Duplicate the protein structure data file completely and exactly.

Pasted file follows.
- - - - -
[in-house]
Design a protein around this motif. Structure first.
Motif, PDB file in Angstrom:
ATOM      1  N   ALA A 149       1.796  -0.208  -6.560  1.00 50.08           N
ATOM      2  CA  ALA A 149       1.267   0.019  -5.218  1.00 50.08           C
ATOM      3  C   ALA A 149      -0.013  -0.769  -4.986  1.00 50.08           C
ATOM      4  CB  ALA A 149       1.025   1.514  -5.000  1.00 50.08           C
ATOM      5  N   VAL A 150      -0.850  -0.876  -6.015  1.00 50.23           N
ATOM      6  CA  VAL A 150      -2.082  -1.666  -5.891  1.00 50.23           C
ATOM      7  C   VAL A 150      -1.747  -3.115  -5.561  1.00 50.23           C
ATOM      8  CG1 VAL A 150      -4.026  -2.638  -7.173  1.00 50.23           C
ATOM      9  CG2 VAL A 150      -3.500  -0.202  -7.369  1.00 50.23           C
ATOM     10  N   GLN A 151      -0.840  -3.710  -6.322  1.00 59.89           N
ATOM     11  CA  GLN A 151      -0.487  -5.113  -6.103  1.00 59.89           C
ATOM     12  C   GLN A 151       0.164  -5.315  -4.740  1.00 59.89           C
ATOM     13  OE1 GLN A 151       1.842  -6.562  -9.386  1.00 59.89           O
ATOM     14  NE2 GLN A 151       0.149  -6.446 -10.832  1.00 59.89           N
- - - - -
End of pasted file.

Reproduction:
[in-house]
Design a protein around this motif. Structure first.
Motif, PDB file in Angstrom:
ATOM      1  N   ALA A 149       1.796  -0.208  -6.560  1.00 50.08           N
ATOM      2  CA  ALA A 149       1.267   0.019  -5.218  1.00 50.08           C
ATOM      3  C   ALA A 149      -0.013  -0.769  -4.986  1.00 50.08           C
ATOM      4  CB  ALA A 149       1.025   1.514  -5.000  1.00 50.08           C
ATOM      5  N   VAL A 150      -0.850  -0.876  -6.015  1.00 50.23           N
ATOM      6  CA  VAL A 150      -2.082  -1.666  -5.891  1.00 50.23           C
ATOM      7  C   VAL A 150      -1.747  -3.115  -5.561  1.00 50.23           C
ATOM      8  CG1 VAL A 150      -4.026  -2.638  -7.173  1.00 50.23           C
ATOM      9  CG2 VAL A 150      -3.500  -0.202  -7.369  1.00 50.23           C
ATOM     10  N   GLN A 151      -0.840  -3.710  -6.322  1.00 59.89           N
ATOM     11  CA  GLN A 151      -0.487  -5.113  -6.103  1.00 59.89           C
ATOM     12  C   GLN A 151       0.164  -5.315  -4.740  1.00 59.89           C
ATOM     13  OE1 GLN A 151       1.842  -6.562  -9.386  1.00 59.89           O
ATOM     14  NE2 GLN A 151       0.149  -6.446 -10.832  1.00 59.89           N